Talks have broken down between the union representing nearly 15,000 East Coast and Gulf longshoremen and the group representing shippers and port operators, with little more than a week to go before their contract expires.
Meeting Tuesday in Newark, N.J., with a federal mediator, the United States Maritime Alliance rejected a proposal by the International Longshoremen's Union to extend the talks until Feb. 1.
"The ILA wanted to say 'Happy New Year' with a contract extension to Feb. 1, 2013, but United States Maritime Alliance ... answered with a resounding 'Bah Humbug,'" the union said in a statement.
Talks on a master contract covering 14 ports, including Baltimore, broke off in late August, with leaders of both sides accusing each other of bargaining in bad faith. The agreement, approved in 2004, covers nearly 1,200 longshoremen at the port of Baltimore.
Industries that rely on the port to deliver goods are starting to signal their distress at the looming Dec. 29 expiration date.
"If the port of Baltimore shuts down ... it would negatively impact every importer and exporter that utilizes the container port, from manufacturers and truck drivers to farmers and retailers, affect hundreds if not thousands of U.S. jobs, and cost the U.S. economy millions upon millions of dollars a day," said Stephen E. Schatz Sr., a spokesman for the federation.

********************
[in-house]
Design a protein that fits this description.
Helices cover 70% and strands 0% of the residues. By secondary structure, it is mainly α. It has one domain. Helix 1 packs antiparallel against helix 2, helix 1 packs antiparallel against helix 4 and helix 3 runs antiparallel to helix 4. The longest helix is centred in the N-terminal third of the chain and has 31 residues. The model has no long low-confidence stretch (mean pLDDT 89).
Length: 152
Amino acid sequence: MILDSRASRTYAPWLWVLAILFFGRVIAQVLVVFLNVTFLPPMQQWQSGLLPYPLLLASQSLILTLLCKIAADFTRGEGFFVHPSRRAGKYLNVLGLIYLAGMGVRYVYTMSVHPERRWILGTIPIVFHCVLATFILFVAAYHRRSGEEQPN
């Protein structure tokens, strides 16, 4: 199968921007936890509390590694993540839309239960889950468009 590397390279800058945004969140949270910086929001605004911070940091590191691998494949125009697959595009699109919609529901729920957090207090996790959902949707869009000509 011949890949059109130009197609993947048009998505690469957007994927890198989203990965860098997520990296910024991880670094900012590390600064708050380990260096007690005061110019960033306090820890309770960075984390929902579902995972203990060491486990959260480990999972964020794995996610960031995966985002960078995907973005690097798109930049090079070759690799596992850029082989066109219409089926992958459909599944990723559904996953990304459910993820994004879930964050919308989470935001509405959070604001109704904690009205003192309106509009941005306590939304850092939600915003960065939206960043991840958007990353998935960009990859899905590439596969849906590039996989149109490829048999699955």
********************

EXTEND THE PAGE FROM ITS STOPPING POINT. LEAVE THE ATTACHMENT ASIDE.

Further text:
A strike was averted in late September when George Cohen, director of the Federal Mediation and Conciliation Service, stepped in. Retailers and others feared that a disruption in cargo flow in the critical weeks leading up to Christmas would cripple the economy.
Both sides agreed to a 90-day extension.
After their Tuesday meeting, the maritime alliance accused the longshoremen of being intransigent on the issue of container royalties, a per-unit fee paid to laborers that has been part of contracts for 52 years. The group also blasted the union for failing to accept a shorter extension proposed by Cohen.
"It is especially disheartening, given the history of cooperation that in the past has characterized negotiations with the ILA and, since 1977, has resulted in nine new agreements without a single strike or coastwide work stoppage," James A. Capo, USMX chairman and CEO, said in a statement.
The union acknowledged in its own statement that the royalty payments were a non-negotiable item. The royalties were a way to compensate dockworkers for the emerging containerized cargo, which required less labor to move between ship and shore. At the time, very little cargo moved in the truck-size containers; now much of it does. The payments are worth as much as $14,000 a year for each worker.
Earlier this month, a 10-day strike by the International Longshore and Warehouse Union crippled the neighboring ports of Los Angeles and Long Beach, Calif., the nation's largest, and cost the West Coast economy an estimated $8 billion. A settlement was reached after federal mediators got involved.
Baltimore officials say the diversity of cargo would help the port weather a short-term disruption. The port is ranked No. 1 among 360 U.S. ports for handling farm and construction machinery, autos, light trucks, imported forest products, imported sugar, imported iron ore and gypsum. It ranks second in the nation for exported coal, imported salt and imported aluminum.
The dollar value of cargo passing through Baltimore's public and private marine terminals in 2011 was more than $51.4 billion, a record, and a 24 percent increase over 2010. During the first six months of 2012, the port's public terminals handled a record 4.83 million tons of general cargo, a 10 percent jump over the same period in 2011.
The last coastwide longshoremen's strike was 35 years ago.